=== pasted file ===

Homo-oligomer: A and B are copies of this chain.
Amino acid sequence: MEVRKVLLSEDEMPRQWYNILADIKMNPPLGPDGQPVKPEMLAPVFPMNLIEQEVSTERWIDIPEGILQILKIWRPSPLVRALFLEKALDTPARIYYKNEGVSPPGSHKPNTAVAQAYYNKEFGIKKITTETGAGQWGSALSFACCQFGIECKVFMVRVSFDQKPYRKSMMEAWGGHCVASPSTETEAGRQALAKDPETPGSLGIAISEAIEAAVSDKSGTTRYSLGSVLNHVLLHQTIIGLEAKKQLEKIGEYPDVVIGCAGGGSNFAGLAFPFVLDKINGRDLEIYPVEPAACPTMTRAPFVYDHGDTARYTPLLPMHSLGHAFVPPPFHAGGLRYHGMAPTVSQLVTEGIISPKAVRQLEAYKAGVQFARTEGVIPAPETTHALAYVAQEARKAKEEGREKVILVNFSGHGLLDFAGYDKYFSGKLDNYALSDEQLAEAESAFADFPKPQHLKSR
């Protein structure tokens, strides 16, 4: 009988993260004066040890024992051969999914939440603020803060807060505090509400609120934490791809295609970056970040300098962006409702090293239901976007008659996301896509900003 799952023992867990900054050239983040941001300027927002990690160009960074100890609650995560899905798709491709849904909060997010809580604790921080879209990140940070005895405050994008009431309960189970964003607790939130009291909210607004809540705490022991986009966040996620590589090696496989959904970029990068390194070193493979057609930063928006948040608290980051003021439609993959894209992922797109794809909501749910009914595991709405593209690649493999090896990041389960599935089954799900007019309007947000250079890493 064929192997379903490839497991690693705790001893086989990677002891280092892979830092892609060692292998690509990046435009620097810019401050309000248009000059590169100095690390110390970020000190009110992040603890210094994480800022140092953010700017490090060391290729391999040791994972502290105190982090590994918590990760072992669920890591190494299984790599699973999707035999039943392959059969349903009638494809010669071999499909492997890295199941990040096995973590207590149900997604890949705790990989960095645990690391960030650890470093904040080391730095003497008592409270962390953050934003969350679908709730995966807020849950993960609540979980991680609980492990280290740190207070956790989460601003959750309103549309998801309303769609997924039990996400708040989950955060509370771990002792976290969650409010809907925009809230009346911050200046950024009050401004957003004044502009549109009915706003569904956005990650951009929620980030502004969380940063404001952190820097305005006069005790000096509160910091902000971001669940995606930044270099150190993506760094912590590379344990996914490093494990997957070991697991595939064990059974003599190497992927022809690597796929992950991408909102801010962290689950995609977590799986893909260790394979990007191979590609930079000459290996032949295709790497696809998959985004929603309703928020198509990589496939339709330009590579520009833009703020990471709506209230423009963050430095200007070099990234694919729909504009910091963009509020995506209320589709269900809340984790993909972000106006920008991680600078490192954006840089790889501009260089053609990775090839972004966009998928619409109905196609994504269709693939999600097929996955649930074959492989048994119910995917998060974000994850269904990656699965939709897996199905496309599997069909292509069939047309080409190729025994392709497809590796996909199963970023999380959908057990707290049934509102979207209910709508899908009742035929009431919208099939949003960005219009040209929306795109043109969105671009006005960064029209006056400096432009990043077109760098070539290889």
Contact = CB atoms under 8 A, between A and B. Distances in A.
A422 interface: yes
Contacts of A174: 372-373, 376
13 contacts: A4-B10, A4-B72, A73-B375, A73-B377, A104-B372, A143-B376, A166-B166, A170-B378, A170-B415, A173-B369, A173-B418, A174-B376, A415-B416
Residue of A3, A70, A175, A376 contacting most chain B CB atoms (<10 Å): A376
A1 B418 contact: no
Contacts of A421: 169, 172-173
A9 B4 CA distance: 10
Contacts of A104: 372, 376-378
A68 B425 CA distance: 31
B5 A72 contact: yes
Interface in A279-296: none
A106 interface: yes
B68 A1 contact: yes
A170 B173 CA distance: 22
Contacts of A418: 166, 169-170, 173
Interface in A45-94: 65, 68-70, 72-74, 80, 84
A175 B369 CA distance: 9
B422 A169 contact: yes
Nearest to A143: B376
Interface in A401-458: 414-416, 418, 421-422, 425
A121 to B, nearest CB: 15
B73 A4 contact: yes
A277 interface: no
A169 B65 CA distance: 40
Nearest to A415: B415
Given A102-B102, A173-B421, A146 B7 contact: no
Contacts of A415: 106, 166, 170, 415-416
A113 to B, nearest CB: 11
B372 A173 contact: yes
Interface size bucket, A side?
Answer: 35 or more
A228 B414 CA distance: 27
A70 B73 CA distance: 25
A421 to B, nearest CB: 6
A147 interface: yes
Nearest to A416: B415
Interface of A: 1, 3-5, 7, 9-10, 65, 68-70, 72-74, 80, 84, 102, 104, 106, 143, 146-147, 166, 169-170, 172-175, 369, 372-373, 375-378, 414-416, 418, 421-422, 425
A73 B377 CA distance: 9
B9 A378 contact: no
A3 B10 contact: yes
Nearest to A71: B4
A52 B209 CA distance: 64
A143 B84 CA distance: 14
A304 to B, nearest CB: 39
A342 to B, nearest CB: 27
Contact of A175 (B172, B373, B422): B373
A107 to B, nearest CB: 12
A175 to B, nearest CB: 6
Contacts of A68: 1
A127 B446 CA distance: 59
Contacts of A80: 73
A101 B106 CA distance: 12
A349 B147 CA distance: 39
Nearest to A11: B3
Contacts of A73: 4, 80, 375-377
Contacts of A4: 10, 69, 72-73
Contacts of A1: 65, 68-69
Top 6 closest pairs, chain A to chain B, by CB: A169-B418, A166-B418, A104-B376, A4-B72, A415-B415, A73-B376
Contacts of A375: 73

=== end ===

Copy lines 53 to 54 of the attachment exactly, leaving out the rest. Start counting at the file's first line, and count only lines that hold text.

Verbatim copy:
Contacts of A68: 1
A127 B446 CA distance: 59